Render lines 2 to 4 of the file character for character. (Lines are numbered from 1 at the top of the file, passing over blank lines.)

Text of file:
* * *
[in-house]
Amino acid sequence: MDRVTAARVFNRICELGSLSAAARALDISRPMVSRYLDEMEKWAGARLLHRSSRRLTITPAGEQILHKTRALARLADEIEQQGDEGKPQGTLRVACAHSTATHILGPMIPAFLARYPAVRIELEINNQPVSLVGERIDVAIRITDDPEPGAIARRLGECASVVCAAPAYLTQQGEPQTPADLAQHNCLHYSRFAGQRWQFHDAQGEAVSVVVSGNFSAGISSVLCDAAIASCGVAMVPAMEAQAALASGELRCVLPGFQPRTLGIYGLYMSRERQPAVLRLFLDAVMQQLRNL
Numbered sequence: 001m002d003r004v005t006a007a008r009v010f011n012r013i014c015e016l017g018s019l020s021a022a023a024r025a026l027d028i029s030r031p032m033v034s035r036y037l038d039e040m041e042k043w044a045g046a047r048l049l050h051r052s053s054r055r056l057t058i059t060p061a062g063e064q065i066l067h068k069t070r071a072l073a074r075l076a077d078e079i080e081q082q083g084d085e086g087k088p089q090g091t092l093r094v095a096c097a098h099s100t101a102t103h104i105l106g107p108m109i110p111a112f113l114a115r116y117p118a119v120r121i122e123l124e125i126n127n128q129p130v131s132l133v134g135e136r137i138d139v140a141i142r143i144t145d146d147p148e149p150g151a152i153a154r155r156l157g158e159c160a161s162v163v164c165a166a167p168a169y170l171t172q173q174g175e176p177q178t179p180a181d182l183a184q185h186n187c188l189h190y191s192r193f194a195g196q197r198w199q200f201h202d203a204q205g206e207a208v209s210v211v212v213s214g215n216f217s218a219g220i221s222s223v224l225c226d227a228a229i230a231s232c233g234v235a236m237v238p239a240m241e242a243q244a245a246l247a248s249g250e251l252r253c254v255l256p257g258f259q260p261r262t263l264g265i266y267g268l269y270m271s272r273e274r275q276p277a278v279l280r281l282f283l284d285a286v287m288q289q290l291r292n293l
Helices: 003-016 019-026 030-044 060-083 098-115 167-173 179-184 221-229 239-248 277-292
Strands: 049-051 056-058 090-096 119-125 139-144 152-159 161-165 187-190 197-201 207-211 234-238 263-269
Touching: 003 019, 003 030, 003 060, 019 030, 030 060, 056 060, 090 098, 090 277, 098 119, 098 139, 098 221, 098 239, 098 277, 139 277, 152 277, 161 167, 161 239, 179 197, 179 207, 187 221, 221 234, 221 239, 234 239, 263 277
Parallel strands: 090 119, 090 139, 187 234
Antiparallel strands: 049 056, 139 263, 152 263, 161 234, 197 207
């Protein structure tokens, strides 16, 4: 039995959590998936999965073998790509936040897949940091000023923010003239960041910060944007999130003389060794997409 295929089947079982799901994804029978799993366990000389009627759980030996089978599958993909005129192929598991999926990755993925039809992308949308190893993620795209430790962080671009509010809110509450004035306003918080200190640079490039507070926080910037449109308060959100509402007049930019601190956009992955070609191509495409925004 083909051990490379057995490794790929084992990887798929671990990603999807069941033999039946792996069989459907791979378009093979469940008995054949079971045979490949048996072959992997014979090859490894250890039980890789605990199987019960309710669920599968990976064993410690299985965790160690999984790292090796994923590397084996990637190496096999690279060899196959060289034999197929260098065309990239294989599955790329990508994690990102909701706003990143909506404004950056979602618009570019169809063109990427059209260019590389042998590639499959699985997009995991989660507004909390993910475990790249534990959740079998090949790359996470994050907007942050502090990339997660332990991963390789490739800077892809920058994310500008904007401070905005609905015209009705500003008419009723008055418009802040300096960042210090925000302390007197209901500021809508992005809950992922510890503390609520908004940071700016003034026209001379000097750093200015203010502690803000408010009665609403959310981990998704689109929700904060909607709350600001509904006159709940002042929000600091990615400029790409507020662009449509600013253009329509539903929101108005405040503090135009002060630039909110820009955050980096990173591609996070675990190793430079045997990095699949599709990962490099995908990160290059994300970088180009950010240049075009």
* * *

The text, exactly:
Amino acid sequence: MDRVTAARVFNRICELGSLSAAARALDISRPMVSRYLDEMEKWAGARLLHRSSRRLTITPAGEQILHKTRALARLADEIEQQGDEGKPQGTLRVACAHSTATHILGPMIPAFLARYPAVRIELEINNQPVSLVGERIDVAIRITDDPEPGAIARRLGECASVVCAAPAYLTQQGEPQTPADLAQHNCLHYSRFAGQRWQFHDAQGEAVSVVVSGNFSAGISSVLCDAAIASCGVAMVPAMEAQAALASGELRCVLPGFQPRTLGIYGLYMSRERQPAVLRLFLDAVMQQLRNL
Numbered sequence: 001m002d003r004v005t006a007a008r009v010f011n012r013i014c015e016l017g018s019l020s021a022a023a024r025a026l027d028i029s030r031p032m033v034s035r036y037l038d039e040m041e042k043w044a045g046a047r048l049l050h051r052s053s054r055r056l057t058i059t060p061a062g063e064q065i066l067h068k069t070r071a072l073a074r075l076a077d078e079i080e081q082q083g084d085e086g087k088p089q090g091t092l093r094v095a096c097a098h099s100t101a102t103h104i105l106g107p108m109i110p111a112f113l114a115r116y117p118a119v120r121i122e123l124e125i126n127n128q129p130v131s132l133v134g135e136r137i138d139v140a141i142r143i144t145d146d147p148e149p150g151a152i153a154r155r156l157g158e159c160a161s162v163v164c165a166a167p168a169y170l171t172q173q174g175e176p177q178t179p180a181d182l183a184q185h186n187c188l189h190y191s192r193f194a195g196q197r198w199q200f201h202d203a204q205g206e207a208v209s210v211v212v213s214g215n216f217s218a219g220i221s222s223v224l225c226d227a228a229i230a231s232c233g234v235a236m237v238p239a240m241e242a243q244a245a246l247a248s249g250e251l252r253c254v255l256p257g258f259q260p261r262t263l264g265i266y267g268l269y270m271s272r273e274r275q276p277a278v279l280r281l282f283l284d285a286v287m288q289q290l291r292n293l
Helices: 003-016 019-026 030-044 060-083 098-115 167-173 179-184 221-229 239-248 277-292